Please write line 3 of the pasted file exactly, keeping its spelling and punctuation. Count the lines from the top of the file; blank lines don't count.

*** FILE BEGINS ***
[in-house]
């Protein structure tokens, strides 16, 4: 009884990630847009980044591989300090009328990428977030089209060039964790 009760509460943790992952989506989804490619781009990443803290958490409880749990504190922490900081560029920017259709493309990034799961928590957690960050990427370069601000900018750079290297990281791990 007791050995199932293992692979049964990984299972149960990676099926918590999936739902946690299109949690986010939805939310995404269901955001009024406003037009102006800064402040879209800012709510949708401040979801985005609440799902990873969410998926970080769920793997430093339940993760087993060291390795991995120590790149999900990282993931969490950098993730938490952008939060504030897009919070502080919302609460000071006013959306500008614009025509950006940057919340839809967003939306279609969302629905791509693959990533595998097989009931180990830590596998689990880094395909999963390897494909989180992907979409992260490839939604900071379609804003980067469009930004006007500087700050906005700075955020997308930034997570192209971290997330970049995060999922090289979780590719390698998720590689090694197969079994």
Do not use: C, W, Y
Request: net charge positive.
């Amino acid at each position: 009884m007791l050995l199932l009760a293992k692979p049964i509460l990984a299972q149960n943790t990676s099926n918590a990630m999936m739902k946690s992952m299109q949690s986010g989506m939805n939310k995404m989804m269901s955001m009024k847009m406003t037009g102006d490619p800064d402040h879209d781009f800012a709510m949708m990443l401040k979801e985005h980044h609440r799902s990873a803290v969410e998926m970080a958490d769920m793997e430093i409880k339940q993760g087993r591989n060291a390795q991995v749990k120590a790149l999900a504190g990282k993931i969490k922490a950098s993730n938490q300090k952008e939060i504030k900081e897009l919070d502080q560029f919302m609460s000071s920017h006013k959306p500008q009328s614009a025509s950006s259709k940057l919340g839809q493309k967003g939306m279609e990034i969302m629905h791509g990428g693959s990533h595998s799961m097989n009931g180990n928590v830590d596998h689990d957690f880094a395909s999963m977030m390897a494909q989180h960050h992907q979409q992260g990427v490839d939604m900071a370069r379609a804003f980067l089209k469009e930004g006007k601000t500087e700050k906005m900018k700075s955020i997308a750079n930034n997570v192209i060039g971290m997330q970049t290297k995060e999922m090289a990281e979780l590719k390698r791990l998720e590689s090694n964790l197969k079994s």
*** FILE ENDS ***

Do not use: C, W, Y